ABOVE: GOP Senate candidate Corey Stewart talks with Asher Purvis and Tracy Lynn at the Chesterfield County Fair on Aug. 28. Being down 19 points... Stewart not deterred by underdog status

ABOVE: GOP Senate candidate Corey Stewart talks with Asher Purvis and Tracy Lynn at the Chesterfield County Fair on Aug. 28.

Being down 19 points in the Real Clear Politics average of recent polling in Virginia’s U.S. Senate race doesn’t have Republican candidate Corey Stewart down.

Stewart came to the Chesterfield County Fair last week to meet locals in advance of the Nov. 6 general election, where he will face incumbent Democrat Tim Kaine.

When asked what is going to put him over the top, Stewart said that Kaine is against everything that President Donald Trump is doing to revive the economy.
“The tax cuts are set to expire [Dec. 31, 2025],” he said. “He’ll vote against making them permanent. He has a history of increased taxes.”

As governor from 2006-2010, Kaine signed a repeal of the estate tax. He also tried unsuccessfully to raise the gas tax, the sales tax on cars and the cigarette tax. He later tried to eliminate the state’s personal property car tax while proposing a 1-percent income tax increase. He also tried to raise tax incentives to lure business to the state, and signed legislation that ended tax breaks for real estate investment trusts. In short, Forbes.com described Kaine’s gubernatorial tax policies as moderate and “slightly left of center.” However, Kaine did vote against Trump’s income tax reduction bill late last year, along with every other Democrat in the Senate.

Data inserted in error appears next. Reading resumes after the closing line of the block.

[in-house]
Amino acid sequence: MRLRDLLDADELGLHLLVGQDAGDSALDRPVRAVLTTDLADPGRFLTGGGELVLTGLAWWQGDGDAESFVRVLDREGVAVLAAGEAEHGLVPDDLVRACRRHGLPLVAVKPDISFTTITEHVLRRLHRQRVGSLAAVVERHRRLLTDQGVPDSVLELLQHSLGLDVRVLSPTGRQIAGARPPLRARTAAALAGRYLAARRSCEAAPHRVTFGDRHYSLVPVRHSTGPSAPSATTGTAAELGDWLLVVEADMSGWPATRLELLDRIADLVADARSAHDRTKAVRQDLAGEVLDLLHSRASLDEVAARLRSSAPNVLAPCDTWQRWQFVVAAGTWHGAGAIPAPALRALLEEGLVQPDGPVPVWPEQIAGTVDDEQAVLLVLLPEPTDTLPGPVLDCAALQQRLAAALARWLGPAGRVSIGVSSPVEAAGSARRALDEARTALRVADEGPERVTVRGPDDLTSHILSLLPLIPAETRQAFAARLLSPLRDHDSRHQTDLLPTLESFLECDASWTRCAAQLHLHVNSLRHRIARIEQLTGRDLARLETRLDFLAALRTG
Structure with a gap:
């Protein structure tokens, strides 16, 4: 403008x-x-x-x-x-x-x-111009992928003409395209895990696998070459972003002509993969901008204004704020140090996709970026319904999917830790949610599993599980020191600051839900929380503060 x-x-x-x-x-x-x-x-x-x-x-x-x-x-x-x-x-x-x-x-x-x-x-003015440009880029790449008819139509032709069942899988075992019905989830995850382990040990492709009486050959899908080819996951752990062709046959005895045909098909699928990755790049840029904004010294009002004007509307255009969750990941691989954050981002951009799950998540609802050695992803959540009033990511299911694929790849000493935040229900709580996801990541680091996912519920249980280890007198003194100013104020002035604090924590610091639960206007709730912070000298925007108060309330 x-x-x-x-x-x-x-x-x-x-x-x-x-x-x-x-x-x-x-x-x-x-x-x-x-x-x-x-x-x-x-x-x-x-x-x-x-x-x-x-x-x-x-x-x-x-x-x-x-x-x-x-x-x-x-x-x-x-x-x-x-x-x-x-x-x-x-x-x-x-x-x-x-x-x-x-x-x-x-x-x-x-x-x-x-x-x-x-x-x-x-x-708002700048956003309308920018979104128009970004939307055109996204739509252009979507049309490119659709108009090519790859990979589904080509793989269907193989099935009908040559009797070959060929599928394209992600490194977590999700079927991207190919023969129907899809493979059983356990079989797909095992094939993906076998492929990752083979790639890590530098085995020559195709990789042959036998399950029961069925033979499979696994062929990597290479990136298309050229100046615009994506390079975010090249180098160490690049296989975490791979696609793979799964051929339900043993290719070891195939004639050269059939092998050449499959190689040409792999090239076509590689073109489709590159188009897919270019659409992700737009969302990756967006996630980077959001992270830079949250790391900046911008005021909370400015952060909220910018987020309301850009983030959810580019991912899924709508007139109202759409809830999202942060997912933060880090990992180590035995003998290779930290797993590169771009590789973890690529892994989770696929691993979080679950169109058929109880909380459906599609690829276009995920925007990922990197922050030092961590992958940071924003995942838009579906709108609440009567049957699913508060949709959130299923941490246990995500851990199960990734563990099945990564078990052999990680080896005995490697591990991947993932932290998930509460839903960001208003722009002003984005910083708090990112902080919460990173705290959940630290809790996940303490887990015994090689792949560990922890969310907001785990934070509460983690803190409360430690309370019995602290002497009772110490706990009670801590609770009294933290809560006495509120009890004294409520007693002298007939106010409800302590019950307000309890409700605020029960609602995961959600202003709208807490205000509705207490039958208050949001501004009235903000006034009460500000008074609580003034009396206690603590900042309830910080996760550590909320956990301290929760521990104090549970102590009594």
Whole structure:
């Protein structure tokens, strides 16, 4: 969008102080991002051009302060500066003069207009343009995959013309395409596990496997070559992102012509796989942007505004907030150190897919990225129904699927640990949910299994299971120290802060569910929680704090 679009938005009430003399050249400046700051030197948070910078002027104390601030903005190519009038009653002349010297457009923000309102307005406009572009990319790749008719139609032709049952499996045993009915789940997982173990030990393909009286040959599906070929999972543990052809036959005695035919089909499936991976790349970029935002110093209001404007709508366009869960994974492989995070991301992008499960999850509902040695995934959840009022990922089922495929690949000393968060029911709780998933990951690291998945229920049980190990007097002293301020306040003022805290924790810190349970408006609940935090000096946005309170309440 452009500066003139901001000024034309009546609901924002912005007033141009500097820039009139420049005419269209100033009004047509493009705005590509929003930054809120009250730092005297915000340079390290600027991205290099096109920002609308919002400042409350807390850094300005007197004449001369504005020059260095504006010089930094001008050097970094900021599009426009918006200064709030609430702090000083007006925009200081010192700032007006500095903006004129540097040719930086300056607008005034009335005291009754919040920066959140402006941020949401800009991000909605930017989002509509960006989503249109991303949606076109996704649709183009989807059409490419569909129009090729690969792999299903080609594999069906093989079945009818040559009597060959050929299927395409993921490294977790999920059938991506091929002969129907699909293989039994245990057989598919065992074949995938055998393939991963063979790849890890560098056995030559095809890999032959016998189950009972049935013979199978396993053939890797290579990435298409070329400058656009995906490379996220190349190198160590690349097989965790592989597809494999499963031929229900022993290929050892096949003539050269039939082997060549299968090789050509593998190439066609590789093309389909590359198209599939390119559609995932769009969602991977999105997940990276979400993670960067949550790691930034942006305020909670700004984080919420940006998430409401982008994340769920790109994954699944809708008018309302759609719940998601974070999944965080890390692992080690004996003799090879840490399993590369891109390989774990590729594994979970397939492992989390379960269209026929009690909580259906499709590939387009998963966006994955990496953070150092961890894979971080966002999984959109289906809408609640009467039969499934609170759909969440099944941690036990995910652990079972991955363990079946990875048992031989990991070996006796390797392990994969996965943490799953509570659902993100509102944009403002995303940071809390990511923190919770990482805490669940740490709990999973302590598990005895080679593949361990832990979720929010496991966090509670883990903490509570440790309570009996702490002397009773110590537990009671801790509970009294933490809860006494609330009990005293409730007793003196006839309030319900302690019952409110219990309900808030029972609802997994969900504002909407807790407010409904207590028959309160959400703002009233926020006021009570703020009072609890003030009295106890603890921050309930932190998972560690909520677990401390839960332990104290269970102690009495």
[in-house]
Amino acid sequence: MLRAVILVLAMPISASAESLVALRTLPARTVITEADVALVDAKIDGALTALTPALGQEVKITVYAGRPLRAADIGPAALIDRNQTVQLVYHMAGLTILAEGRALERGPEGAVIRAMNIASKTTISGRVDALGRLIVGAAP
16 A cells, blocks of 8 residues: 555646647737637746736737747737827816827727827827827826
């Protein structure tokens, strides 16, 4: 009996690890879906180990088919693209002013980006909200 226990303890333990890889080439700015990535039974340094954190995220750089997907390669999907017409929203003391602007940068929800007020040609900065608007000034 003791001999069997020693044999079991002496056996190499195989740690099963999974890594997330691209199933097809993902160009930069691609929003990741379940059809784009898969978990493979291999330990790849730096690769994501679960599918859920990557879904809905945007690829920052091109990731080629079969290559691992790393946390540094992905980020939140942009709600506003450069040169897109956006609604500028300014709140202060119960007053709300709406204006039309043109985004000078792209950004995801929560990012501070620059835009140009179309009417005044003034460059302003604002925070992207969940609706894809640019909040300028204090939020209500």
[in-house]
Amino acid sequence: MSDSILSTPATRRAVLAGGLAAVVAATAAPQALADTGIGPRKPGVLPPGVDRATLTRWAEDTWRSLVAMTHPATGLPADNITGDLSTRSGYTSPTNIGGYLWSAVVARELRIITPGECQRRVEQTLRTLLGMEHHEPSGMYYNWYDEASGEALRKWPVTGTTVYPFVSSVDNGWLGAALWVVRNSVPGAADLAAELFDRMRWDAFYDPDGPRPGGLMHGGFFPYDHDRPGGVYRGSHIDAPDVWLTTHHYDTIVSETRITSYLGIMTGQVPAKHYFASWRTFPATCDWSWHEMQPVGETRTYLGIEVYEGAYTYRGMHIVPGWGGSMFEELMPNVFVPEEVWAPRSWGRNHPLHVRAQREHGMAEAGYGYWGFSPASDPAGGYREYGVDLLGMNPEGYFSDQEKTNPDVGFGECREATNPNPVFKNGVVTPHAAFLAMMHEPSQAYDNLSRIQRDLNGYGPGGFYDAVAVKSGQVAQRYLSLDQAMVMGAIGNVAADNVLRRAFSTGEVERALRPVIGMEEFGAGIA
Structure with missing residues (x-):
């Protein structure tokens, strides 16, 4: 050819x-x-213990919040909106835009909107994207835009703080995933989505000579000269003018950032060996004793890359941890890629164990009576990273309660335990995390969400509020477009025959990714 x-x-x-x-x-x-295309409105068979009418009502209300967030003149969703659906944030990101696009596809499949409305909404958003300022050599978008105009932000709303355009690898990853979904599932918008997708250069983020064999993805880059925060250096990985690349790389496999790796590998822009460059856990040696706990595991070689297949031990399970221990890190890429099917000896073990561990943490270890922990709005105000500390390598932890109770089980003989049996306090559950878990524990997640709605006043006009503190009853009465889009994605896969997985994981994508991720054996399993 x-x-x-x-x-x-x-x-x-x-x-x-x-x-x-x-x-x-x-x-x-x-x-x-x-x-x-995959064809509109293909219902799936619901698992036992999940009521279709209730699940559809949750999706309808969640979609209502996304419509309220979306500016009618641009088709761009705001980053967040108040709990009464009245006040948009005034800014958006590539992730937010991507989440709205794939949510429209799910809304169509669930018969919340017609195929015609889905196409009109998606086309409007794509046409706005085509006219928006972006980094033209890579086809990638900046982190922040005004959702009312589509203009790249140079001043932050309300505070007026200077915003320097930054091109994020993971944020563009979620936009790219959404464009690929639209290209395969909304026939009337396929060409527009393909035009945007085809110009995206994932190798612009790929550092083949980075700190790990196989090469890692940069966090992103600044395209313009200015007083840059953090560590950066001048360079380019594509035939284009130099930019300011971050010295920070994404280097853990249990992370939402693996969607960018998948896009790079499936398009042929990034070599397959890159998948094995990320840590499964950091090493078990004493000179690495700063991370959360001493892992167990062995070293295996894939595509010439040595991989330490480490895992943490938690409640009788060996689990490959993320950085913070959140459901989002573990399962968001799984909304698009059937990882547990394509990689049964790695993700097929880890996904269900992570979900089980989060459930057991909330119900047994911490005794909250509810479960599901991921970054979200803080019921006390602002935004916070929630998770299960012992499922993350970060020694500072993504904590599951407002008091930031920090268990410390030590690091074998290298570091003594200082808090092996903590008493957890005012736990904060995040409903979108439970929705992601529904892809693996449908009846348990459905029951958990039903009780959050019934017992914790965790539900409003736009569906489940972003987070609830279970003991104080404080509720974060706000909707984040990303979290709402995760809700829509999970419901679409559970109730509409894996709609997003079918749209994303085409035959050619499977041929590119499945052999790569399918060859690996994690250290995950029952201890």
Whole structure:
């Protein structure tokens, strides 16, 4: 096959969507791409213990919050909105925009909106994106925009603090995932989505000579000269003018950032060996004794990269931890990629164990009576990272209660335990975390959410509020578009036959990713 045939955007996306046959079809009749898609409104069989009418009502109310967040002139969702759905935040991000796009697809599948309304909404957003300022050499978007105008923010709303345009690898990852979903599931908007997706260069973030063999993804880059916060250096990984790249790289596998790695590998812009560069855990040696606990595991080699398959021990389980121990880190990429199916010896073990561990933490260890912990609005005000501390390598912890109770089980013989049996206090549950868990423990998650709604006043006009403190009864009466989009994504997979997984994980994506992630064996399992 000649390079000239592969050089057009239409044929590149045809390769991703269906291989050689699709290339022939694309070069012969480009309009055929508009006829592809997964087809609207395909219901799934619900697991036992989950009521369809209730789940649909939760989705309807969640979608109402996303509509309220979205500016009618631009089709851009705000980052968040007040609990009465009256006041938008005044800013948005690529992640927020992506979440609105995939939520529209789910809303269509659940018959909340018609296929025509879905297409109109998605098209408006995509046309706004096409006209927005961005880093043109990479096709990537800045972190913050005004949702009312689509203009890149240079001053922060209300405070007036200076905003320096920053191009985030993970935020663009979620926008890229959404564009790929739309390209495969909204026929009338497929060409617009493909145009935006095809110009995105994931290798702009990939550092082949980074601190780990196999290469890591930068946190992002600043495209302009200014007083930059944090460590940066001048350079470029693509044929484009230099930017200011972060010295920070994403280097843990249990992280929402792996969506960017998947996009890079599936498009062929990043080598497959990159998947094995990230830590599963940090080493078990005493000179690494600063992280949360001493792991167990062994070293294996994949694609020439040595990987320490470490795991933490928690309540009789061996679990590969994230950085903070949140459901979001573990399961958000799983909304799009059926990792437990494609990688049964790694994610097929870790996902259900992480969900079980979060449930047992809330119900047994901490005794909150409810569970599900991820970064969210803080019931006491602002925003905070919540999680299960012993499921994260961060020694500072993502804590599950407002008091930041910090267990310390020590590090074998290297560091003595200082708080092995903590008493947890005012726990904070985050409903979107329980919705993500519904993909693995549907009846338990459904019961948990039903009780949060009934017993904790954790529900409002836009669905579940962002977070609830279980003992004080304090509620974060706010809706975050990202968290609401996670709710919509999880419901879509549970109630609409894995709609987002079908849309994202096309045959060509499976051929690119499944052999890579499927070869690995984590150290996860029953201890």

A Kaiser Family Foundation poll from late June reveals that the economy, health care and immigration are the top three issues facing voters, and Stewart did not back away from the latter issue.

“Illegal immigration will impact the race very strongly,” he said, noting his support for removing criminal illegal aliens and building a wall on the Mexican border.
Stewart criticized Kaine for attending a rally in which some called for the end of Immigration and Customs Enforcement, a federal law enforcement agency. “Virginians support immigration, but it has to be legal,” Stewart said.

As for being behind in the polls, Stewart said he doesn’t have the name ID that Kaine has.

“In 2014, Ed Gillespie was down 25 points at this point and lost by 1 percent,” Stewart said, referring to the Republican consultant’s loss to U.S. Sen. Mark Warner.

Stewart has been elected to the Prince William County Board of Supervisors five times, including four times as chairman. He finished third out of seven candidates who ran for the Grand Old Party’s lieutenant governor nomination at a convention in 2013, and was defeated for the GOP nomination for governor last year, falling to Gillespie by 1.2 percentage points in a primary. In June, Stewart defeated state Rep. Nick Freitas by 1.8 percentage points for the Republican nod for U.S. Senate.

It seems that Stewart, who some have termed a neo-Confederate due to his support of the state’s heritage and symbols, finally has his chance to be elected statewide. Will the third time be the charm?